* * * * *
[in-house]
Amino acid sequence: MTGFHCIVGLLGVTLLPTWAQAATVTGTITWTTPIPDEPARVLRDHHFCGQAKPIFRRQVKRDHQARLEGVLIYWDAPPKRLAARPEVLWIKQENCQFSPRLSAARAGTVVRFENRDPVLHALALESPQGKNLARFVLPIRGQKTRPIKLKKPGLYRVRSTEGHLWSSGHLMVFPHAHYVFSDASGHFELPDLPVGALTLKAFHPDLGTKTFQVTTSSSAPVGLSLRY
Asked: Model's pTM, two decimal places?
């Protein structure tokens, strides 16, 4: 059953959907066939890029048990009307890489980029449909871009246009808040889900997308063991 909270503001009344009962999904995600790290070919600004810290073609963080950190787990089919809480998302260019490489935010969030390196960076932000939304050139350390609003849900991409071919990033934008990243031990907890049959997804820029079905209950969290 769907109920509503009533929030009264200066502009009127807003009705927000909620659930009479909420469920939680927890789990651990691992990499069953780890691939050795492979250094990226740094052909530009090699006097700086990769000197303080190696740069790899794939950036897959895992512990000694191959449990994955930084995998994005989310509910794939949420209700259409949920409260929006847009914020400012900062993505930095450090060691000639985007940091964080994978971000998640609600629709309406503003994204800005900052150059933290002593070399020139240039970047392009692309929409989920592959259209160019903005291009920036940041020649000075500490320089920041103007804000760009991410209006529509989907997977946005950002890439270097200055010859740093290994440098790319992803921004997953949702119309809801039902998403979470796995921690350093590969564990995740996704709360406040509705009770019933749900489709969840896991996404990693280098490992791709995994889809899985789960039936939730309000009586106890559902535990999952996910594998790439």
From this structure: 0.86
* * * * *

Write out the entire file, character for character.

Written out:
[in-house]
Amino acid sequence: MTGFHCIVGLLGVTLLPTWAQAATVTGTITWTTPIPDEPARVLRDHHFCGQAKPIFRRQVKRDHQARLEGVLIYWDAPPKRLAARPEVLWIKQENCQFSPRLSAARAGTVVRFENRDPVLHALALESPQGKNLARFVLPIRGQKTRPIKLKKPGLYRVRSTEGHLWSSGHLMVFPHAHYVFSDASGHFELPDLPVGALTLKAFHPDLGTKTFQVTTSSSAPVGLSLRY
Asked: Model's pTM, two decimal places?
């Protein structure tokens, strides 16, 4: 059953959907066939890029048990009307890489980029449909871009246009808040889900997308063991 909270503001009344009962999904995600790290070919600004810290073609963080950190787990089919809480998302260019490489935010969030390196960076932000939304050139350390609003849900991409071919990033934008990243031990907890049959997804820029079905209950969290 769907109920509503009533929030009264200066502009009127807003009705927000909620659930009479909420469920939680927890789990651990691992990499069953780890691939050795492979250094990226740094052909530009090699006097700086990769000197303080190696740069790899794939950036897959895992512990000694191959449990994955930084995998994005989310509910794939949420209700259409949920409260929006847009914020400012900062993505930095450090060691000639985007940091964080994978971000998640609600629709309406503003994204800005900052150059933290002593070399020139240039970047392009692309929409989920592959259209160019903005291009920036940041020649000075500490320089920041103007804000760009991410209006529509989907997977946005950002890439270097200055010859740093290994440098790319992803921004997953949702119309809801039902998403979470796995921690350093590969564990995740996704709360406040509705009770019933749900489709969840896991996404990693280098490992791709995994889809899985789960039936939730309000009586106890559902535990999952996910594998790439």
From this structure: 0.86